Many patients are missing certain teeth because the teeth never developed or may be misshapen. A prosthodontist can determine the best way to replace and/or restore these teeth. Other patients exhibit teeth with poorly developed tooth structure throughout the mouth and require a prosthodontist’s expertise in restoring these teeth to proper form and function.
Digital Dentistry: Prosthodontists Use It to Save Patients Time and Money
As a Prosthodontist, I get patient questions all the time asking about digital dentistry – what is it, how can it save patients time and money, and if the quality matches up to traditional procedures of getting a new crown or cap, and can a new tooth made in under an hour match the quality and esthetics of traditional production methods that used to take weeks to do?
The answer to all those questions is – YES. Prosthodontists provide care at the specialty level, working closely with other health care providers and oral health specialists. They diagnose, plan, rehabilitate and maintain oral function, comfort, and esthetics for patients with clinical conditions associated with missing, deficient or broken teeth using dental implants, digital based technologies, crowns, bridges, partials and dentures.
The additional years of study allows us to thoroughly diagnose more complex cases and construct an appropriate treatment plan and sequence of care. Advanced technologies such as digital impressions, and CAD/CAM restorations can be used to restore teeth, with veneers or crowns, and replace missing teeth with dental implants or dentures.
You may expect improved patient caring through advancements in digital dentistry. In fact, while it may seem new to patients, Prosthodontists have been using digital dentistry technologies for more than a decade.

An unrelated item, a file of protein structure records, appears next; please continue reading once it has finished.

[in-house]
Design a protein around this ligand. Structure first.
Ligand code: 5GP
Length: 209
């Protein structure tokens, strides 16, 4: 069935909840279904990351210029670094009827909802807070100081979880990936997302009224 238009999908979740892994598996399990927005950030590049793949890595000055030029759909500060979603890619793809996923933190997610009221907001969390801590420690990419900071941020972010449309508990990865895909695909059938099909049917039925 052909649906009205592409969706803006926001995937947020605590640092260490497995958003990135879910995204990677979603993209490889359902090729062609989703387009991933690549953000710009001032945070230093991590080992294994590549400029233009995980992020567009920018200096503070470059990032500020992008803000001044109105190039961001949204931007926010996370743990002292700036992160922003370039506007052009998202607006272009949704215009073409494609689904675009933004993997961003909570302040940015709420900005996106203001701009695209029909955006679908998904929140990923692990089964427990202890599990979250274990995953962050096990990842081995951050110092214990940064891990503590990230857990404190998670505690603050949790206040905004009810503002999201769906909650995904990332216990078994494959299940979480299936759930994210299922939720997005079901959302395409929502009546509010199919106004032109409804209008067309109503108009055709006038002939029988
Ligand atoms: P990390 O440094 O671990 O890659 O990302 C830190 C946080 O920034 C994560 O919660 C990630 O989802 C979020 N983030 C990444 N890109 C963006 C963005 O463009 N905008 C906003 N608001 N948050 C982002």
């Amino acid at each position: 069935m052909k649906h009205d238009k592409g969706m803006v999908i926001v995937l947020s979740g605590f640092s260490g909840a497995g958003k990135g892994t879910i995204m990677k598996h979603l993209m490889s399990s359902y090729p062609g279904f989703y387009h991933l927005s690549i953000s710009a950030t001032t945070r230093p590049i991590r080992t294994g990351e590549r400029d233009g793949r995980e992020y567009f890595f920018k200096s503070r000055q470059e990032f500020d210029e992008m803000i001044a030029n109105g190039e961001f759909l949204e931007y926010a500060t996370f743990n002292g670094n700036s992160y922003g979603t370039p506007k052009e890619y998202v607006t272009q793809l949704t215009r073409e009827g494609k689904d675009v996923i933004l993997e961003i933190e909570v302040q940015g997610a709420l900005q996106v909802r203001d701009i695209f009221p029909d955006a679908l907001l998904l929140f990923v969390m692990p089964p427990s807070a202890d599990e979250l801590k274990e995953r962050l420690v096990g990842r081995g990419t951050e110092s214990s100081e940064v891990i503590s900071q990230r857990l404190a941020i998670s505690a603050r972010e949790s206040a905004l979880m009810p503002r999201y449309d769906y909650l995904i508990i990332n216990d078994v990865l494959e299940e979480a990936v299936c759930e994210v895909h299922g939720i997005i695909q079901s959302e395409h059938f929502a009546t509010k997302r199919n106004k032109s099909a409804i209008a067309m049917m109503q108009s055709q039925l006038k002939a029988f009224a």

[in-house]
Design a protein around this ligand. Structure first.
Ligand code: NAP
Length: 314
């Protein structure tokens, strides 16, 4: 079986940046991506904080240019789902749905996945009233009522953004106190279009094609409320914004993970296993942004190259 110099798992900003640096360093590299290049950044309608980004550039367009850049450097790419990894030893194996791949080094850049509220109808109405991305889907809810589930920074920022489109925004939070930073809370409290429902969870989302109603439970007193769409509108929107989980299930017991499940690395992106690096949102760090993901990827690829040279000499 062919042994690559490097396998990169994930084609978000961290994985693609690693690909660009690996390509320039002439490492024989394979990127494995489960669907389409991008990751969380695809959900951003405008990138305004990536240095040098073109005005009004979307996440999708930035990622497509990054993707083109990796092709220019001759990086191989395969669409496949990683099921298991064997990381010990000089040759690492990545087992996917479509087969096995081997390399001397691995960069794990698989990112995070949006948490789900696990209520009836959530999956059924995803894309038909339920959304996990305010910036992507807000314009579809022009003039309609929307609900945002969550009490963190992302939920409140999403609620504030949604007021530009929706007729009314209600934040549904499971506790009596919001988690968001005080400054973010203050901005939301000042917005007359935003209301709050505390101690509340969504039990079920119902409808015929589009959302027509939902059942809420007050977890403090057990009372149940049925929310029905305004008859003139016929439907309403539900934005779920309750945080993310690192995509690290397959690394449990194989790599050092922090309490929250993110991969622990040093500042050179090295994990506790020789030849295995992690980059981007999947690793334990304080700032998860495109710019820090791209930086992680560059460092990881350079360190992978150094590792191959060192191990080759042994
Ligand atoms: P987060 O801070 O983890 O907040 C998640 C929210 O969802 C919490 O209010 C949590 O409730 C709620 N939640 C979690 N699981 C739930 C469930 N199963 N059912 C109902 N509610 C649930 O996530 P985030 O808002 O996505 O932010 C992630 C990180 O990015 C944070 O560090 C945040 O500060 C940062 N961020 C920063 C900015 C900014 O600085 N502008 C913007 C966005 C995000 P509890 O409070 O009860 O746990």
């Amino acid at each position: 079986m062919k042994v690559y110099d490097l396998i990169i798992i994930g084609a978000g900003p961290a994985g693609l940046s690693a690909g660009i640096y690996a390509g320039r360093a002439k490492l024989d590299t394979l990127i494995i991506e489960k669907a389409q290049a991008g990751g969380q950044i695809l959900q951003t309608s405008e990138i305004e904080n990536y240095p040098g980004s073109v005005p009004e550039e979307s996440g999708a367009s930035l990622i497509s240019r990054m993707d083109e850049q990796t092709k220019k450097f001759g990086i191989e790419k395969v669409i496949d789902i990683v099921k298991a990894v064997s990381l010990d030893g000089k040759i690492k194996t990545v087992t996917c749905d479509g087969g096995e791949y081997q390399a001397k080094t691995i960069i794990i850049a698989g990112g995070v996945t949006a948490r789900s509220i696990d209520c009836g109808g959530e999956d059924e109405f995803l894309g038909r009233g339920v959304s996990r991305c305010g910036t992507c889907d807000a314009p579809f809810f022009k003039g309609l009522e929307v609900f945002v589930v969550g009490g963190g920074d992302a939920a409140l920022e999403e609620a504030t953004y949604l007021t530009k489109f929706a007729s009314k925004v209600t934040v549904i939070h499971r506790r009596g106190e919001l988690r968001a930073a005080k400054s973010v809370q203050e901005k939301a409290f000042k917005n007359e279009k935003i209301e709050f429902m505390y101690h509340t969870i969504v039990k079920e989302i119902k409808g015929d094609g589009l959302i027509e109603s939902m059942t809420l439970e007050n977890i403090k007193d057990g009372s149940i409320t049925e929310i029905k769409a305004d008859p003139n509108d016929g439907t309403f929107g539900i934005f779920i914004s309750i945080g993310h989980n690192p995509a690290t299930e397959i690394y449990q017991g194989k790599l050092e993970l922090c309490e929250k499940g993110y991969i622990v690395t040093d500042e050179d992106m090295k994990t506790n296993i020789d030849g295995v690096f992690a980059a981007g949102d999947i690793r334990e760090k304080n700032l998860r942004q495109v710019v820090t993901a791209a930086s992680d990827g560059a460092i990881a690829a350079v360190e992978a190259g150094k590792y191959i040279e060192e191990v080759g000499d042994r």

It’s not simply the technology that determines the quality, the fit, the materials–it’s the prosthodontist (or dentist) who applies their advanced specialty training to design and control the outcome. Many potential advantages exist when leveraging digital technology including: improved patient experiences such as shorter dental visits, less pain and discomfort, the ability for patients to see their new tooth be custom-made in less than two hours; and the ability to use stronger and more esthetically pleasing ceramic materials for crown fabrication that would otherwise not be available. This allows us more control over the final outcome. Whether the digital technology is applied through chair-side scanning, design and milling equipment, or through the utilization of digital laboratory based technologies, all trained practitioners are prepared to identify the best solution for the patient’s specific situation and needs.
Oral, head and neck, and skin cancer: the prosthodontist’s role (video)
From restoring smiles damaged by bulimia, restoring full jaws and teeth using advanced digital technology and implants, or helping head and neck cancer patients be able to eat, speak and smile long after the battle with cancer has been won.”
Oral Cancer Screening
The well-documented risk factors for oral cancer in both men and women are tobacco, smokeless tobacco, and alcohol use. An increased risk of developing squamous cell carcinoma of the oropharynx has also been associated with HPV16 infections. The survival rate from this disease is approximately 57%; this has remained relatively constant over decades. Historically, the survival rate was about 50%. Therefore 57% is an improvement, but this increase is thought to be secondary to the increased incidence of HPV16-related malignancies, which seem to be more responsive to existing treatment modalities. The current available data seem to support that a change in etiology and not improved early discovery or treatments has led to this survival increase.
The warning signs of oral cancer can be summarized as follows:
- an ulceration in the mouth that does not heal (most common symptom)
- an area of leukoplakia (white in color) or erythoplakia (red in color) on the gingiva, tongue, tonsil, or oral mucosa that persists
- a lump or thickening in the cheek
- a sore throat or globus sensation (feeling that something is caught in the throat)
- difficulty chewing with or without dysphagia
- increasing trismus and or decreasing tongue mobility
- sensory changes in the tongue or other oral structures
- swelling of edentulous areas that cause dentures to fit poorly or become uncomfortable
- increasing tooth mobility or pain associated with the teeth or jaw
- voice changes
- a lump or mass in the neck
- weight loss